Clare Chaffey gets KAIZEN going in Kent!

Clare Chaffey literally lives KAIZEN. In her role as Senior QA (Quality Assurance) Documentation Supervisor at SEKISUI Diagnostics in Kent she is managing the online documentation and training system (CATSWeb) and is providing support for other users. Also, managing the quality records archives and releasing the batch folder documentation for Production is part of her job.

After work Clare supports the idea of KAIZEN. As KAIZEN leader of the Kent-site she leads the team* to implement a sustainable KAIZEN culture. Clare represents the site at global Diagnostics Divisions meetings, publishes a KAIZEN comic every other month and maintains the KAIZEN intranet site on the Diagnostics division intranet**. Wow!

In the following interview Clare reveals how she runs all these tasks. Thanks a lot for your insights, Clare!

Why do you think KAIZEN activities are so important?

Most working processes have waste and variation built into them. Then over time you find problems arising. By performing KAIZEN activities, you can fix problems and reduce or even remove the waste and variation. This means saving time and money for the company – which is always important. It is also a good way for people, who are running these processes, to make changes that directly affect them. They can help fix a problem that annoys or even hinders them during their day. This empowers the staff and increases morale within the company.

What are challenges regarding KAIZEN?

I think implementing a new culture is always challenging as people are used to thinking and working in a certain way. It’s human nature to see a problem and start thinking how to fix it, using your own experience. However, you may not be identifying the true root cause(s). It is difficult to change that mindset and get people to stop and think about a different approach, especially if it means taking a step back to see the larger picture and start collecting data. This is only made more challenging when process deadlines are involved.

How/where do you find the topics for your KAIZEN projects?

Ideas for KAIZEN activities generally come from the department managers or from the staff highlighting problems during their daily tasks. They may also come from senior management if a specific problem needs to be addressed.

How much time do you spend on KAIZEN activities?

I spend approximately 2-3 days a month on KAIZEN duties. I arrange monthly meetings with the review team, the governance team and the global team. These meetings are mainly designed to review and approve any new KAIZEN activity suggestions that have been raised. We discuss all KAIZEN issues for the site and globally for the division. For members of the review team who are facilitating projects, they are assisting the project leaders in using whichever KAIZEN tools are necessary for a project e.g. helping to prepare Pareto graphs, aiding in brainstorming sessions, data analysis, etc. Then every other month I publish the KAIZEN comic.

The team keeps a good overview while organizing projects on the KAIZEN board in the canteen.

How did you get the idea to publish a KAIZEN comic?

The idea really came from 3 main things we wanted to achieve:

  • Give regularly updates to the staff about KAIZEN.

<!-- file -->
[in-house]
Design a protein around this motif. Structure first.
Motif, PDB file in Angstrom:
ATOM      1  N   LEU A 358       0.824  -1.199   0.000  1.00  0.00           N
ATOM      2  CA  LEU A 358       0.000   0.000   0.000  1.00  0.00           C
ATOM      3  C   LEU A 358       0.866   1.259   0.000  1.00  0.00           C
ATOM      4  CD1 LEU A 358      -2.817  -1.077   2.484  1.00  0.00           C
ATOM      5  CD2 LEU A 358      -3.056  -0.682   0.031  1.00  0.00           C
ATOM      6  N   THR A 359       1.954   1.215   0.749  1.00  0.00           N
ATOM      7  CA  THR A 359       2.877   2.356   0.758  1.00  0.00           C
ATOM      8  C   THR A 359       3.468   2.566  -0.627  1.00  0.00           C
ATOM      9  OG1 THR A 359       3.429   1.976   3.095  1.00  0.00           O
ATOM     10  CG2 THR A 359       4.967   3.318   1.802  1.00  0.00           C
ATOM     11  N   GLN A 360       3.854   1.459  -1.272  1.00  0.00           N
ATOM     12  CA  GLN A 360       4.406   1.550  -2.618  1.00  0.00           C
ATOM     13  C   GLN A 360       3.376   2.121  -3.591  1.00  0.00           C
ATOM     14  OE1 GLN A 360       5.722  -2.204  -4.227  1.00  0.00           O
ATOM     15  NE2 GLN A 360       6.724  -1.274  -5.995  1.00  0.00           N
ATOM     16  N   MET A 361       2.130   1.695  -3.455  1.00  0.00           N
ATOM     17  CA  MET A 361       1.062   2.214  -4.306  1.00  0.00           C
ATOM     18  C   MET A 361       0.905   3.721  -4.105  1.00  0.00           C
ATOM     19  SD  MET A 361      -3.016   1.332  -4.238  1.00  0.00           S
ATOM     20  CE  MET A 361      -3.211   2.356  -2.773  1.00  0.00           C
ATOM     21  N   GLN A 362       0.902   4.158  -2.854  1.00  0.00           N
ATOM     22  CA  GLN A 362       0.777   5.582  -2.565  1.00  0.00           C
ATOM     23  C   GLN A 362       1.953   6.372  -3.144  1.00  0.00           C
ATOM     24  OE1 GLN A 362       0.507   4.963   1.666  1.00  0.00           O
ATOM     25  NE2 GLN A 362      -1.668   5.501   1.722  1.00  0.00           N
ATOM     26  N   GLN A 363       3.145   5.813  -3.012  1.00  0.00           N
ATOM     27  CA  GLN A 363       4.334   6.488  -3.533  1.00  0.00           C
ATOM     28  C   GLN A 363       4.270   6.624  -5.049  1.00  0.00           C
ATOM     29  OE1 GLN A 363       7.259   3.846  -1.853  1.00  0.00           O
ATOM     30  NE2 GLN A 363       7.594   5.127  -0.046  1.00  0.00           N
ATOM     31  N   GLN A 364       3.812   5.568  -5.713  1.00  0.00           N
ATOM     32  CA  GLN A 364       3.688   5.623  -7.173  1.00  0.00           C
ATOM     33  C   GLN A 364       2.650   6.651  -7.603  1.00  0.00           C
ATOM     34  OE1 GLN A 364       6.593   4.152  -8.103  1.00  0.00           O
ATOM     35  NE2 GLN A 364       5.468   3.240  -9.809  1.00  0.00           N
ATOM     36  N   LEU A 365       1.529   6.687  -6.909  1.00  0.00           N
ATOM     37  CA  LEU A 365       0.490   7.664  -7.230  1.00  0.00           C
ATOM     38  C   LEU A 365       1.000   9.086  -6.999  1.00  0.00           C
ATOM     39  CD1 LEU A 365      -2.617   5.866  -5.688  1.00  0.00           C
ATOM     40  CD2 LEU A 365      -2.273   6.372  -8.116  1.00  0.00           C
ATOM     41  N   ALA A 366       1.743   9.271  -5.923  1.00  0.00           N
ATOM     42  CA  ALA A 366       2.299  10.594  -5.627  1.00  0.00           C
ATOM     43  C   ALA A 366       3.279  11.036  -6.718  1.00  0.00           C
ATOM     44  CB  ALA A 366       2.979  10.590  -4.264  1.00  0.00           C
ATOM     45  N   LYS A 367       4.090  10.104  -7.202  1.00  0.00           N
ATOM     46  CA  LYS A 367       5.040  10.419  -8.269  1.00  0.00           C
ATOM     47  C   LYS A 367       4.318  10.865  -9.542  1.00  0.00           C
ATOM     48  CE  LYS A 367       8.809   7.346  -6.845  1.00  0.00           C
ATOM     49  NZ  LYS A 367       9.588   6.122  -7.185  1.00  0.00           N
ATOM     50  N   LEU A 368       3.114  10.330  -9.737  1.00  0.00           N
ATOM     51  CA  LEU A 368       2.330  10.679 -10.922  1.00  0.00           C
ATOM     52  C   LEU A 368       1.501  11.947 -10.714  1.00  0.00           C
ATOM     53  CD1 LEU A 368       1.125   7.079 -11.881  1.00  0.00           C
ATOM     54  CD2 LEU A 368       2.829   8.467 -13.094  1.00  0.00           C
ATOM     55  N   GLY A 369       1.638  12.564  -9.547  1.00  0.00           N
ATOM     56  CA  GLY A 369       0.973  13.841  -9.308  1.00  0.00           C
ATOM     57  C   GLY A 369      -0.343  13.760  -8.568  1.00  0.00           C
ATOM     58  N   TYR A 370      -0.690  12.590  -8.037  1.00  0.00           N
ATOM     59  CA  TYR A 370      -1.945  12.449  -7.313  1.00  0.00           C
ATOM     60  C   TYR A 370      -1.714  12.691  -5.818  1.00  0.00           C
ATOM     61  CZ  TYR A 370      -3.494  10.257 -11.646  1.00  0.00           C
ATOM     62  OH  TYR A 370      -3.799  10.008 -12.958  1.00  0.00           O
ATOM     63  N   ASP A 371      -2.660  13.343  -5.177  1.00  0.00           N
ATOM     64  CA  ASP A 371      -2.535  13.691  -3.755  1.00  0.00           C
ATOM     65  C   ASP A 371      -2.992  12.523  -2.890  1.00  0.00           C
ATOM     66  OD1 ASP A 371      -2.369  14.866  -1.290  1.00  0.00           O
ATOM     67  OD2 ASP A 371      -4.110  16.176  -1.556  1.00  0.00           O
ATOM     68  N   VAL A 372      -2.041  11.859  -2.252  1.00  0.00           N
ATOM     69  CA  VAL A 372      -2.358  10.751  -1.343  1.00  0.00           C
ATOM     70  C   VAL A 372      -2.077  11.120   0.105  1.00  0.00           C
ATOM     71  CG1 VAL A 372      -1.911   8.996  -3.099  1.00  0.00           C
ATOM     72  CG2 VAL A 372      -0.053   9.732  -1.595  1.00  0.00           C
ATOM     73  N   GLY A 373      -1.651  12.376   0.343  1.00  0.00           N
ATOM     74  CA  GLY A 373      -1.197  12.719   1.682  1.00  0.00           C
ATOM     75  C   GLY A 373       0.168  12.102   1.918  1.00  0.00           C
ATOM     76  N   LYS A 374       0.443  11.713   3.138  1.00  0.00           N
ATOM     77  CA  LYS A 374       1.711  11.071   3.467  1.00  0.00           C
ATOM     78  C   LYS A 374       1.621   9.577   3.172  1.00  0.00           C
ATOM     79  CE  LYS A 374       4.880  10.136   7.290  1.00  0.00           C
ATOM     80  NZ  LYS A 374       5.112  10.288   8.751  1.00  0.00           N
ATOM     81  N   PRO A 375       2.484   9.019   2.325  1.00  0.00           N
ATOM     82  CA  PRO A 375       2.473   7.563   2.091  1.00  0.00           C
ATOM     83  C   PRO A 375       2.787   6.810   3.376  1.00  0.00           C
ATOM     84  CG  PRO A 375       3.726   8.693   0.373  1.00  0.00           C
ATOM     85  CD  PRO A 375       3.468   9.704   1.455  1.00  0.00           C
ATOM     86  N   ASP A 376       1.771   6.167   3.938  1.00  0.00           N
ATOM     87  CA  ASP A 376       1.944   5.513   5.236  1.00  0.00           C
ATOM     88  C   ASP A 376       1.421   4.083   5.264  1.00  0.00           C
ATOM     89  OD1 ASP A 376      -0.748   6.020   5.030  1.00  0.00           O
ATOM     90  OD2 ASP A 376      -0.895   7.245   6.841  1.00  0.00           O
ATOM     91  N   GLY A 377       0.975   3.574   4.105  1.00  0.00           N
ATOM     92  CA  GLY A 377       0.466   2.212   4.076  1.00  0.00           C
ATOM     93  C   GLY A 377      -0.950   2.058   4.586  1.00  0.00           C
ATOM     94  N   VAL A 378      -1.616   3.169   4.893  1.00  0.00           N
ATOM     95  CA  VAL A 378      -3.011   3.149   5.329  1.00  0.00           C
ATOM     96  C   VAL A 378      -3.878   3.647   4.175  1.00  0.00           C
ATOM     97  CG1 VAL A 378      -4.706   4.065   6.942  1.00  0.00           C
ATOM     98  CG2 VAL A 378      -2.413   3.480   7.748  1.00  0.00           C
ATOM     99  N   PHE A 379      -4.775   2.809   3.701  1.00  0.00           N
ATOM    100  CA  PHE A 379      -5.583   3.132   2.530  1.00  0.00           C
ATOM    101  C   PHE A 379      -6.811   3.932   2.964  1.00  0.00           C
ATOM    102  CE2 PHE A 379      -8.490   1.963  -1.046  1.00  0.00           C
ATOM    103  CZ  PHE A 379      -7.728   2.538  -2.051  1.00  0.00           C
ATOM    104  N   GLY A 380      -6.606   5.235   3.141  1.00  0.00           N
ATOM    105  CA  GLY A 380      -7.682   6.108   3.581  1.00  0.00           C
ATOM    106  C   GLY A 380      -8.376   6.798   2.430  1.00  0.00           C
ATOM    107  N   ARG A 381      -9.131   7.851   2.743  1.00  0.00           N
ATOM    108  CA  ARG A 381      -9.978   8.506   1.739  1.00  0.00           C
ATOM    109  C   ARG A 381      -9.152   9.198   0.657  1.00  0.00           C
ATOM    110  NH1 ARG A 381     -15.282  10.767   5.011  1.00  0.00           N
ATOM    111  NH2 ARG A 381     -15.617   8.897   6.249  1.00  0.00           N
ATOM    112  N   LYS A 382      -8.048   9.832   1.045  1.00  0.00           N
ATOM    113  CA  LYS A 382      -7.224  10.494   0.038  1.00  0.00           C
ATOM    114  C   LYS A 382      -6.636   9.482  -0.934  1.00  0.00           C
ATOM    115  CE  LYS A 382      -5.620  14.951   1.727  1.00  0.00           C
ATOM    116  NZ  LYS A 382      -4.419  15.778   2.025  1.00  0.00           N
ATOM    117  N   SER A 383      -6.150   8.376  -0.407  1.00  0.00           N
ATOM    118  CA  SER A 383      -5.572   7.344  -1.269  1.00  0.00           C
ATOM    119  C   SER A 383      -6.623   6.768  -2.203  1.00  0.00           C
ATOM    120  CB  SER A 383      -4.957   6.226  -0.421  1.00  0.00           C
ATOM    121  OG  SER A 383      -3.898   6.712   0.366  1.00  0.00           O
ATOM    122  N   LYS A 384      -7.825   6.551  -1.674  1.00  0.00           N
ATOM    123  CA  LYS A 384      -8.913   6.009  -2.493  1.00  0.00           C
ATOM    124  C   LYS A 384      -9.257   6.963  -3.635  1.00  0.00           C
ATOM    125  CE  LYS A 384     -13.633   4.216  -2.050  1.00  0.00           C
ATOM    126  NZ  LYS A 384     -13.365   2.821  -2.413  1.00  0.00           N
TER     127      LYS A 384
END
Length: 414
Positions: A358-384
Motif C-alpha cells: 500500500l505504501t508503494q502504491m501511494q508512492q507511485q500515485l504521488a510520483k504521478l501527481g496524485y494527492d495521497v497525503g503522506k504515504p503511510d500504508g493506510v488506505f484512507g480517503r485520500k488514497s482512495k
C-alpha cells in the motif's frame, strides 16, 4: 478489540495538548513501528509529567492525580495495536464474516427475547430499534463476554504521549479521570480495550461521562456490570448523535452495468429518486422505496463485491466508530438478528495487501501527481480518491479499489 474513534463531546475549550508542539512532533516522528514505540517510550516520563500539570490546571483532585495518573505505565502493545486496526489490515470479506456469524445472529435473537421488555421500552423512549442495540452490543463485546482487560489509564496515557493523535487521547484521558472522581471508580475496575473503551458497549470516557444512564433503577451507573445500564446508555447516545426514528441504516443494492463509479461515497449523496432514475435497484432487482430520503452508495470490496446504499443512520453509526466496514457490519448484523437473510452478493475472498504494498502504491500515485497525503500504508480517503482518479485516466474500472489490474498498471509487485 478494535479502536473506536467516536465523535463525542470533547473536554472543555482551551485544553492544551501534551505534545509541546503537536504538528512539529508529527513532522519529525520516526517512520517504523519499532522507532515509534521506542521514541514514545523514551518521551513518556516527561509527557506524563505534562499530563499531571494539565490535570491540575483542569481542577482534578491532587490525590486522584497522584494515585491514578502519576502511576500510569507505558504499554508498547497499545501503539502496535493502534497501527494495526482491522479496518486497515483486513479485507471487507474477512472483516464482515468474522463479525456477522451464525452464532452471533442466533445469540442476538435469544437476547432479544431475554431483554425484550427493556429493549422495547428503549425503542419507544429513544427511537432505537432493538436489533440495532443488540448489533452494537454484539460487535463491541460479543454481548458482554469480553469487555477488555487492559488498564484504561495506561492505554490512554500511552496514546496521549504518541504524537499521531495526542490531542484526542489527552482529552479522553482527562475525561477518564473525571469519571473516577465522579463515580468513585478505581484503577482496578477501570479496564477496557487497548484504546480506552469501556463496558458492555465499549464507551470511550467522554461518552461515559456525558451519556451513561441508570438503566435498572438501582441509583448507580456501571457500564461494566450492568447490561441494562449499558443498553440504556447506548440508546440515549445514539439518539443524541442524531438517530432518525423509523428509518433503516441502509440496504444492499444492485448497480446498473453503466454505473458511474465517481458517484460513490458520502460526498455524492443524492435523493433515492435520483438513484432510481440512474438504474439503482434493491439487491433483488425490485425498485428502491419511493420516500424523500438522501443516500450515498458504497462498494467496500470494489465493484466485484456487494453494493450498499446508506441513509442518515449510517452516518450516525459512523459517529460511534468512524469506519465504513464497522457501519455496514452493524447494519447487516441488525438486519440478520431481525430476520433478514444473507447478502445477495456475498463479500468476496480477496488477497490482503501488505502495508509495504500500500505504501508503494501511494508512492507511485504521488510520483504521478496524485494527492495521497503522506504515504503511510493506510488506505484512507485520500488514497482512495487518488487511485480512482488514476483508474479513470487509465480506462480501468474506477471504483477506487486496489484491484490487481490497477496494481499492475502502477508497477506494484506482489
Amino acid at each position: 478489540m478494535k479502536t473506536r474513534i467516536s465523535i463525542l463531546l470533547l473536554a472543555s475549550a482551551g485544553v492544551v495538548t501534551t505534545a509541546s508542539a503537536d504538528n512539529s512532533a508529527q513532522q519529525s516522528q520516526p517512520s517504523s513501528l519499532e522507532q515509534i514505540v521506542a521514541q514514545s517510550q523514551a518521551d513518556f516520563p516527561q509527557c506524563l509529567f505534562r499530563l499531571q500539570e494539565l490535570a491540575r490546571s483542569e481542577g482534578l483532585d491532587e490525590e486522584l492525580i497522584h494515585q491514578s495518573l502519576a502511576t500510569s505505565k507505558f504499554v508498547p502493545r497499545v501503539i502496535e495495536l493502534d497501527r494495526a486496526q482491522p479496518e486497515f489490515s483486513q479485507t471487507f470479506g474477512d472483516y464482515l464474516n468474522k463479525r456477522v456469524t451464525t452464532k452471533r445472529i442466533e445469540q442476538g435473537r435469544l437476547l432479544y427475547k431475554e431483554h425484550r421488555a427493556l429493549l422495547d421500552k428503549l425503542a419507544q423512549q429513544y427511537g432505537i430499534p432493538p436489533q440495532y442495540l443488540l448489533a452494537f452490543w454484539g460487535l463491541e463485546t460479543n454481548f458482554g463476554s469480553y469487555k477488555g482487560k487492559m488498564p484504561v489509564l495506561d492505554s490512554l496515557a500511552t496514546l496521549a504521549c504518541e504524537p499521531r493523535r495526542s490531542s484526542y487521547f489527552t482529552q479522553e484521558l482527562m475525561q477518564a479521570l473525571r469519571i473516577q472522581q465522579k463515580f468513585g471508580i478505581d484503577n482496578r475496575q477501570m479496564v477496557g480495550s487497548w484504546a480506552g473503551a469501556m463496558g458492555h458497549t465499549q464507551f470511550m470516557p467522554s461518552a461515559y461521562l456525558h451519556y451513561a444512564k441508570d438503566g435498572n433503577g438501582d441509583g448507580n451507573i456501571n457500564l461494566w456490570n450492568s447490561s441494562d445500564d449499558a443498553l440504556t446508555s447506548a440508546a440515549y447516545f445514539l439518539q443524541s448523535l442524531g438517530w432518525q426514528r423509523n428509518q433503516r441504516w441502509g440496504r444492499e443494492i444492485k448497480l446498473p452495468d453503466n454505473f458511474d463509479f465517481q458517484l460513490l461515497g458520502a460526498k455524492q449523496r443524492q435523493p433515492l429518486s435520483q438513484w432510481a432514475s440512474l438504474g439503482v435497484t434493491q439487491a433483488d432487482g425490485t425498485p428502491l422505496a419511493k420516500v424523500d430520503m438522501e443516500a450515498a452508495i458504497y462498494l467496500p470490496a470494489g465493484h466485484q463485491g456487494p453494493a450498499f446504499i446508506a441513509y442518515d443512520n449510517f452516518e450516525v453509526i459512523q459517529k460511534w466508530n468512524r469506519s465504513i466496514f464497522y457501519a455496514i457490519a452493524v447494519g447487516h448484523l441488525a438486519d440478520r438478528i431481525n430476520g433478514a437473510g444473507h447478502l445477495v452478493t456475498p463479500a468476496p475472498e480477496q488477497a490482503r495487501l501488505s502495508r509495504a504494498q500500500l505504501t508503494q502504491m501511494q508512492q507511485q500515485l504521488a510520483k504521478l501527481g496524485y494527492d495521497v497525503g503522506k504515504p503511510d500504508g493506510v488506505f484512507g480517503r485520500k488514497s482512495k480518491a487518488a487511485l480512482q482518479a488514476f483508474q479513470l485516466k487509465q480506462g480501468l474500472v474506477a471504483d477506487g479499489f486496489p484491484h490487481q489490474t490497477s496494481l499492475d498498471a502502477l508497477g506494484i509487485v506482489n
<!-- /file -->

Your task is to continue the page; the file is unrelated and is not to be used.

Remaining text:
• Increase understanding of KAIZEN terminology/tools/topics.
  • Re-vamp the topic and inject an element of fun to boost staff engagement.

Rather than publishing a generic newsletter we decided on the idea of a comic!

How often is it published and what topics are featured?

The comic is published every other month (6 editions a year).

  • Page 1 usually features general updates about the site, future training info, global info, European KAIZEN convention info, etc.
  • KAIZEN Showcase highlights a completed KAIZEN activity from the site. This is to publicize an idea implemented by one or multiple departments to the whole site/Diagnostics division. Hopefully this sparks another idea somewhere else, leading to more activities.
  • The KAIZEN Corner is designed to give a quick refresher to the reader of a KAIZEN tool e.g. how to use a pareto graph, what are the different types of data, etc.
  • Usually, there is a competition to help engage readers. And we also include a contact details section to help readers with queries

How is it distributed and to whom?

A pdf copy is sent to all the staff at the Sekisui Diagnostics, UK site with paper copies placed in the canteens. An e-mail is also sent to the KAIZEN leaders at the other Diagnostics sites (USA and Canada). A copy is also available on the Diagnostic Divisions KAIZEN intranet page.

What do you like the most about being part of a KAIZEN team?

Facilitating projects is an interesting way to see how other departments work. Sometimes it also means that you work with someone in the company that you normally would not interact with. I also really enjoy creating the comic and maintaining the intranet sites.

What would you recommend someone who is interested in KAIZEN?

I would recommend that they talk to their line manager and express their interest in the topic. Then they can start to get involved in the KAIZEN activities happening on their site. That would give them a practical introduction to the process and the tools that can be used.

*Back row from left to right: Richie Stroud, Jim Welham, Pat Soussana, Vicky Wilson
Front row left to right: Joe Mitchell, Liz Thormann, Jade Punter, Clare Chaffey
Not on the picture: Jon Blundell, Michael Duggan

**The Diagnostics division has sites in the UK, San Diego, Lexington, Pfungstadt and PEI, reporting to SEKISUI Medical.

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